Also a film and radio actress, Śląska created nearly one hundred fifty characters for Polish Radio Theatre productions, additionally recording many readings for radio shows on literature. Early in her film career she was excellent as the Oberaufseherin in Ostatni Etap / The Last Stop, Wanda Jakubowska's semi-documentary film about female prisoners of Auschwitz (1948). She was just as convincing as SS Officer Liza in Andrzej Munk's Pasażerka / Passenger (1963). Other significant roles included Konstancja Gładkowska in Aleksander Ford's Młodość Chopina / Chopin's Youth (1951), Krystyna in Wojciech Jerzy Has' debut film Pętla / The Noose (1957), Joanna Orłowska in Janusz Majewski's Czarna suknia / The Black Dress (1967), and, finally and unforgettably, Queen Bona in Majewski's television series about the monarch (1982). The elegance, sophistication, coolness and loftiness that she brought from the stage suited these regal roles exceptionally. When the English television mini-series Elizabeth R was dubbed into Polish, Śląska put in a very fine performance in lending her voice to the protagonist, Queen Elizabeth I, played in the original by Glenda Jackson. She infused similar determination and charisma into her portrayal of Mary Stuart from Słowacki's play, directed for television by Ireneusz Kanicki (1965). She made frequent appearances in televised theatre productions, playing over thirty roles in all, including She in a production based on Fyodor Dostoyevsky's A Gentle Spirit (dir. Warmiński, 1968) and the title character in Henry Ibsen's Hedda Gabler (dir. Jan Świderski, 1974). Gustaw Holoubek also cast her in his television productions of Słowacki plays, and under this director she portrayed Amelia in Mazepa (1969) and Cenci's Mother in Beatrix Cenci (1973).
Aleksandra Śląska began teaching early on in her professional life. In 1955 she became the assistant of Professor Władysław Krasnowiecki, president of the State Higher School of Theatre in Warsaw at the time. She worked at the institution for two years. Almost two decades later, in 1973, as a renowned actress she became a senior lecturer at the school in Warsaw and continued to teach there until her death. In 1987 she was appointed an assistant professor. She was highly committed to her work as an educator and quite passionate about it. She took it seriously, believing it was important to convey the knowledge she had obtained from the best in her profession, important to build a tradition, to educate future generations of actors. She underlined that she found teaching enriching: in explaining the complexities of character creation to her students, she had to verbalize and analyze aspects of her own acting. She was intent on maintaining and elevating the status of the acting profession, never treating it as a craft or as the provision of a service. She sought to make each character she created a work of art in itself.
"(...) Seriousness was perhaps Aleksandra's most important trait, perhaps her fundamental trait," recalled Gustaw Holoubek. "Yes, seriousness. During our initial months together at the Studio Theatre, I was charmed above all by her spontaneity, emotionality, her almost ethereal lightness. Yet I don't see that as contradicting my contention that she was serious from the outset. No, I don't mean sad. She just treated both her work and her life seriously. Everything seemed to be a duly executed duty" (in: "Aleksandra Śląska 1925-1989", ed. B. Lasocka, Warsaw, 1990).
As a stage actor, she was a perfectionist and she taught her students to be the same. She believed improvisation to be indispensible on stage as a way of supplementing repetition with freshness, yet saw improvisation as possible once an actor had thoroughly analyzed and resolved the minutest details of a character. Śląska's credits also included three directing projects. In 1978 she directed herself in Peter Hacks' one woman play Rozmowa w domu państwa Stein o nieobecnym panu von Goethe / A Discussion in The Stein Home About the Absent MR. Goethe. At the Athenaeum Theatre in Warsaw, on the side stage known as Stage 61, she directed two thesis productions featuring her acting students - Tadeusz Rittner's Lato / Summer (1987) and Yukio Mishima's Madame de Sade (1988). She herself portrayed Madame de Montreuil in the latter production in what would prove to be her final stage appearance.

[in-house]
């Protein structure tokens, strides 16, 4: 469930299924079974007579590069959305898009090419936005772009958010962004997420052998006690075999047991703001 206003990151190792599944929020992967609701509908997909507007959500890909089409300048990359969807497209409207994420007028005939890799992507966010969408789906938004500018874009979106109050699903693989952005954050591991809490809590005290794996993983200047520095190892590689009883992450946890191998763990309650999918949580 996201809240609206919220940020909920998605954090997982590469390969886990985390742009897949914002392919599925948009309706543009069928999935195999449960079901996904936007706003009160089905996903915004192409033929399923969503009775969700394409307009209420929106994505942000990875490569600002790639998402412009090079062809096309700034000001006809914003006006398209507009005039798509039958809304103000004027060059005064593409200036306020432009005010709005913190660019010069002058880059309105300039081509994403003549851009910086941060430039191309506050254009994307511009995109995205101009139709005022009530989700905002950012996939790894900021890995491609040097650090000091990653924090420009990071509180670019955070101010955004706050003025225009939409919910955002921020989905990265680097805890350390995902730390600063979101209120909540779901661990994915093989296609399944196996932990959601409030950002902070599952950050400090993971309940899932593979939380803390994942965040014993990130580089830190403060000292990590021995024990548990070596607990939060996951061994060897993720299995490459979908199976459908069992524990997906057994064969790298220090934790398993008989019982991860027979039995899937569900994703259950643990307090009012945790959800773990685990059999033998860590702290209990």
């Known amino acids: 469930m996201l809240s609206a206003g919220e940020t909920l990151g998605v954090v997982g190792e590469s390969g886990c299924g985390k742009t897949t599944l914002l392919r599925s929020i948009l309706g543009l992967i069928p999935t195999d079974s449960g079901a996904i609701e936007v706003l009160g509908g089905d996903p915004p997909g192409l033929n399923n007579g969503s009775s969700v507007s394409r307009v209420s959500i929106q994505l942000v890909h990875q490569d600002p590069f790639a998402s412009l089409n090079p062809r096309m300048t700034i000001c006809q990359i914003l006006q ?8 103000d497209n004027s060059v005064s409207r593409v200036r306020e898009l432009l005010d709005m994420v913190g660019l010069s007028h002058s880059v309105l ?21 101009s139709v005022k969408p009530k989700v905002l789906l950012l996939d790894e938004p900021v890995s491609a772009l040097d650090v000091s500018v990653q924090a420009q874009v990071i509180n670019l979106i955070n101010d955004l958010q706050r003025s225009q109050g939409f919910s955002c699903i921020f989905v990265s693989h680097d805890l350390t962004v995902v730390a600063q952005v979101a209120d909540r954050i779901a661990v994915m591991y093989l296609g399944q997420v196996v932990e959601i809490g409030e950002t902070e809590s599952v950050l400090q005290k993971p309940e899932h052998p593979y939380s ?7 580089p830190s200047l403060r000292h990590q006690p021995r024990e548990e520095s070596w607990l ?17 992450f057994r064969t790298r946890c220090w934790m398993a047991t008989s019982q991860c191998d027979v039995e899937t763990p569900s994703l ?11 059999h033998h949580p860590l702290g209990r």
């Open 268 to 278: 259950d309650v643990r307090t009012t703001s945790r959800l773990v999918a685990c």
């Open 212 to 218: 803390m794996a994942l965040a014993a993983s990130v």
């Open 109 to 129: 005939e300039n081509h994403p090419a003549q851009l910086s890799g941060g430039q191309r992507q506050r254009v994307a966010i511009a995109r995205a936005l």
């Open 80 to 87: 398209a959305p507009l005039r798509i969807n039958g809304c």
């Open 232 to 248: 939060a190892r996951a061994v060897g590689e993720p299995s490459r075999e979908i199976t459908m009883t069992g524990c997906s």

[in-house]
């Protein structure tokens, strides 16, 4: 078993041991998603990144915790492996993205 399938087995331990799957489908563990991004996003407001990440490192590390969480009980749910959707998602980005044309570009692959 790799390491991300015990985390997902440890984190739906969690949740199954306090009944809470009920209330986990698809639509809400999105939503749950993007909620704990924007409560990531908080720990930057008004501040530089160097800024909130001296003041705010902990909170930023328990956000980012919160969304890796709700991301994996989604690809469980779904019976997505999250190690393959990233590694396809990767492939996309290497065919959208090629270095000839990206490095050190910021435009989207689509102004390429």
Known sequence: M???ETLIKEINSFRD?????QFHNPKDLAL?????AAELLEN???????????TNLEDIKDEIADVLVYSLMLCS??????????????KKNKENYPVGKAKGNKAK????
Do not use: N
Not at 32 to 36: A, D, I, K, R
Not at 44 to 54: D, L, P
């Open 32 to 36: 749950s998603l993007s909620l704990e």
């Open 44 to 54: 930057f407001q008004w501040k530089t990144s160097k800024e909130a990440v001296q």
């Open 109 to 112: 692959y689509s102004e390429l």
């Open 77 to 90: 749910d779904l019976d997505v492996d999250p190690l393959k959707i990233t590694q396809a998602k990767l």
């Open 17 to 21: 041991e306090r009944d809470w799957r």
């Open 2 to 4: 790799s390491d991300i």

In 2013 Śląska was posthumously granted the Heroin of the Polish Cinema Award which is founded by ZASP (the Association of Polish Theatre, Film, Radio and Television Artists) in order to promote achivements of the greatest represetatives of the Polish cinema.
Awards and distinctions:
- 1950 - State Award, 3rd class for her portrayal of Basia in the film Dom na Pustkowiu / The lonely House directed by Jan Rybkowski;
- 1954 - Officer's Cross of the Order of the Restitution of Poland; Cannes International Film Festival distinction for her portrayal of Hanka in Aleksander Ford's film Piątka z ulicy Barskiej / Five Boys from Barska Street;
- 1955 - Polish People's Republic 10th Anniversary Medal; State Award, 2nd class for a decade of exceptional film performances;
- 1963 - Medal of the Standard of Labor, 2nd class;
- 1964 - State Award, 2nd class for her exceptional achievements as an actress; Polish State Radio and Television Committee Award for her performances in Television Theatre productions directed by Jerzy Gruza - Hilda in Jerzy Broszkiewicz's Skandal w Hellbergu / Scandal at Hellberg and Mrs. Stevenson in Lucille Fletcher's melodrama Sorry, Wrong Number;
- 1966 - "For Service to Warsaw" Award;
- 1967 - Polish Millennium Award; "Cultural Activist of Merit" Award; Award of the Capital City of Warsaw; Best Actress for the role of Joanna in Janusz Majewski's film Czarna suknia / The Black Dress at the 4th International Television Festival in Prague;
- 1968 - Polish State Radio and Television Committee Award for her portrayal of Amelia in the Television Theatre production of Juliusz Słowacki's Mazepa directed by Gustaw Holoubek;
- 1975 - Golden Screen Award;
- 1978 - "Przyjaźń" [Friendship] weekly theatrical award for her portrayal of Arkadina in Anton Chekhov's The Seagull as directed by Janusz Warmiński at the Athenaeum Theatre in Warsaw;
- 1982 - Polish State Radio and Television Committee Chairman Ensemble Award, 1st class for her achievements as an actor, in particular for familiarizing audiences with the historically significant figure Bona Sforza in the television series Królowa Bona / Queen Bona directed by Janusz Majewski;
- 1985 - Acting Award at the 11th Opole Theatre Confrontations for her portrayal of the title character in Stanisław Ignacy Witkiewicz's Matka / The Mother, directed by Janusz Warmiński at the Athenaeum Theatre in Warsaw;
- 1989 - "National Cultural Activist of Merit" Award.
Author: Monika Mokrzycka-Pokora, December 2006